I never want to put my church, my family or myself through the public horror of the first list. And I pray for healing and restoration for the churches, families and pastors who are dealing with it. One of the wondrous aspects of Christ's grace and redemption is that you can move to the third list after having been on either or both of the first two.
But we need to be aware of both lists because, while the failures in the second list are not as obvious as those in the first one, they can be just as dangerous and long-lasting.
Not all ministry failures happen in spectacular or public fashion. Many, maybe most, occur through the relentless drip-drip-drip of discouragement, disappointment and criticism.
The temptation to trade down and become cynical, sell out, or settle for business-as-usual must be resisted as firmly as the temptation to flame out.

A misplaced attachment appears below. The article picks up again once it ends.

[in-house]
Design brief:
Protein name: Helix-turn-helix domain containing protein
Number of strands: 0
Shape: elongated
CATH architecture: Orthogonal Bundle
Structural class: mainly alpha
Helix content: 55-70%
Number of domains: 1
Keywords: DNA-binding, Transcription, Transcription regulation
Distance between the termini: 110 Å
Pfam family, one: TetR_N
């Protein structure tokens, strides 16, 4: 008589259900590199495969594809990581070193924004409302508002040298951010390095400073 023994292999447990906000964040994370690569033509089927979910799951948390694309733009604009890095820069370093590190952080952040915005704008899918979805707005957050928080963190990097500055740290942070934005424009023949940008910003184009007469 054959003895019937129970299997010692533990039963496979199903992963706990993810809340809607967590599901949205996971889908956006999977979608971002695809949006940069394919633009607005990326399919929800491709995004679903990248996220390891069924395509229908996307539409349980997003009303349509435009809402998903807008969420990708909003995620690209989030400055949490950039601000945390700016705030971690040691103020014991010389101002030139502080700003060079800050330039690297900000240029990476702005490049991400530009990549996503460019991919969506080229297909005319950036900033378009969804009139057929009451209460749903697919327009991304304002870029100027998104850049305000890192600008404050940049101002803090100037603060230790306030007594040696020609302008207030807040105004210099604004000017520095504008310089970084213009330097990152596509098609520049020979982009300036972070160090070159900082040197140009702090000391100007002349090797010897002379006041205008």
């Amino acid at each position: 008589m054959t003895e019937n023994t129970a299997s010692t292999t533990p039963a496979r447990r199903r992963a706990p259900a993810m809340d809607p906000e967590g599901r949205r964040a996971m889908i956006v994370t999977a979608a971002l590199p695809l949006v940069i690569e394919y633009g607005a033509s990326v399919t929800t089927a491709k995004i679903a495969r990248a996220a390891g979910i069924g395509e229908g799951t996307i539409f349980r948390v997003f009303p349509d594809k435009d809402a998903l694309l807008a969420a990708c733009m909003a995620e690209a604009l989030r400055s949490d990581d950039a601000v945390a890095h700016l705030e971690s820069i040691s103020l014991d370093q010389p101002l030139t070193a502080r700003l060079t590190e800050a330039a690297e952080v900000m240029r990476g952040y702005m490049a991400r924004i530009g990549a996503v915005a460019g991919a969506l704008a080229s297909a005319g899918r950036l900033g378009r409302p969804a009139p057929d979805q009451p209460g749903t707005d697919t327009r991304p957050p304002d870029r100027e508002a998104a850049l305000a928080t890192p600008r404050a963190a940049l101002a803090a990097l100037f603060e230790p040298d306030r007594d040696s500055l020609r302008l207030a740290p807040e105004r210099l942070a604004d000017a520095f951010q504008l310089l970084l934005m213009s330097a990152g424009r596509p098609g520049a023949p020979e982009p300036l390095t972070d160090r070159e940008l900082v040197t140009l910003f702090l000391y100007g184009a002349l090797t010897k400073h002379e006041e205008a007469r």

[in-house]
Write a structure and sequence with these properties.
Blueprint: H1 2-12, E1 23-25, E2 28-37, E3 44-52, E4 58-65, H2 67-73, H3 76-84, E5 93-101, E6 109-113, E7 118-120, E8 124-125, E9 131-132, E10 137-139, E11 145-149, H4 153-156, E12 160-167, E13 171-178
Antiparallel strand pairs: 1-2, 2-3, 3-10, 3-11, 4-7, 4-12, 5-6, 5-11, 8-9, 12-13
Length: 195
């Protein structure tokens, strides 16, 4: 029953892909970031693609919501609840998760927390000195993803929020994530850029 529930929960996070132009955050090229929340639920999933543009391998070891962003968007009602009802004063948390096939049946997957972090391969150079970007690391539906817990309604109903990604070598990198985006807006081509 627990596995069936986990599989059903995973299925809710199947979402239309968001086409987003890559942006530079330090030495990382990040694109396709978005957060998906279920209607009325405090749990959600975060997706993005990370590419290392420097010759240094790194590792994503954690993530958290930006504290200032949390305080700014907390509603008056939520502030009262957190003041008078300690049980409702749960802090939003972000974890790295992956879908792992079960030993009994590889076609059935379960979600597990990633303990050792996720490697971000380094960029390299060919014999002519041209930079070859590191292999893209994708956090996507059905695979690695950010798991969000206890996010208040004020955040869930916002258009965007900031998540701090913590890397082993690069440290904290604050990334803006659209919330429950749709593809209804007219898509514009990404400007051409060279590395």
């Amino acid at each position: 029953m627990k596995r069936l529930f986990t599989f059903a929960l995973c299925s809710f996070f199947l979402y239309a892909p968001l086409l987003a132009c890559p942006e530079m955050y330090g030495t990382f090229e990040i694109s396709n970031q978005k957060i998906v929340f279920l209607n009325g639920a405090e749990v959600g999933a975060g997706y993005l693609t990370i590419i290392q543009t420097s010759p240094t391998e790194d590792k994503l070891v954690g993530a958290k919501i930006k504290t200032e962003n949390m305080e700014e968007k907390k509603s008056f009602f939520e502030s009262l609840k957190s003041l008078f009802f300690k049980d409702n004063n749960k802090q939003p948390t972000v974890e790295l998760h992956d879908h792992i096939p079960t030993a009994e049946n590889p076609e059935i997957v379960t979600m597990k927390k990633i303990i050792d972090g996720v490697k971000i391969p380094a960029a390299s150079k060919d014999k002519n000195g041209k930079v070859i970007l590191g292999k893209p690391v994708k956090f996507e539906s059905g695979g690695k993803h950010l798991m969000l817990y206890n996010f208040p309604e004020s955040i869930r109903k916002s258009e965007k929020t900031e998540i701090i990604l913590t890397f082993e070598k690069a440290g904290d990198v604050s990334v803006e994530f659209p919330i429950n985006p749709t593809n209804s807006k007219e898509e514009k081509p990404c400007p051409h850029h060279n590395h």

I call them trade-downs because, in most cases they’re not about good people who abandon their principles entirely. Instead, they’re trading down. From the best to something less. Long-term integrity for a short-term win. God-honoring risk for financial security. Ideals for expediency.
Success or failure in ministry isn’t always obvious. The tendency to exchange the best things for less-than-the-best is hard to resist if we don’t keep ourselves alert to it.
We seldom celebrate consistency, integrity and humility as much as we should. But those are the character traits that make for real ministry success. And they should never be traded for anything less.
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